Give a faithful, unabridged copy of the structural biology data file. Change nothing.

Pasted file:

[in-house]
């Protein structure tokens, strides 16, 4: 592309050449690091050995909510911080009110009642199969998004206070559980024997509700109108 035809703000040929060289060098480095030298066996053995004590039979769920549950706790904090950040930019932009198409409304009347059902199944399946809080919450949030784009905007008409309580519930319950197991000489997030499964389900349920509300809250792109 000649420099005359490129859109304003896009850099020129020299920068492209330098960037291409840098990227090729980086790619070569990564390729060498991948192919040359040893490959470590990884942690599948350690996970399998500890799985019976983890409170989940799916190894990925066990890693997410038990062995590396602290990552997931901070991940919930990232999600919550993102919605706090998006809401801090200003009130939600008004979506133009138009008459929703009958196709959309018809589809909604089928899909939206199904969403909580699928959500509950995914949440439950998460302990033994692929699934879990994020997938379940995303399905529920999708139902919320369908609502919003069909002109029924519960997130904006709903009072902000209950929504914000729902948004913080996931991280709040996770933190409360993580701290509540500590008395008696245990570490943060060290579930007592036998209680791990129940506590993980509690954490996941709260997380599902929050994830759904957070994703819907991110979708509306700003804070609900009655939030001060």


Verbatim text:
[in-house]
């Protein structure tokens, strides 16, 4: 592309050449690091050995909510911080009110009642199969998004206070559980024997509700109108 035809703000040929060289060098480095030298066996053995004590039979769920549950706790904090950040930019932009198409409304009347059902199944399946809080919450949030784009905007008409309580519930319950197991000489997030499964389900349920509300809250792109 000649420099005359490129859109304003896009850099020129020299920068492209330098960037291409840098990227090729980086790619070569990564390729060498991948192919040359040893490959470590990884942690599948350690996970399998500890799985019976983890409170989940799916190894990925066990890693997410038990062995590396602290990552997931901070991940919930990232999600919550993102919605706090998006809401801090200003009130939600008004979506133009138009008459929703009958196709959309018809589809909604089928899909939206199904969403909580699928959500509950995914949440439950998460302990033994692929699934879990994020997938379940995303399905529920999708139902919320369908609502919003069909002109029924519960997130904006709903009072902000209950929504914000729902948004913080996931991280709040996770933190409360993580701290509540500590008395008696245990570490943060060290579930007592036998209680791990129940506590993980509690954490996941709260997380599902929050994830759904957070994703819907991110979708509306700003804070609900009655939030001060």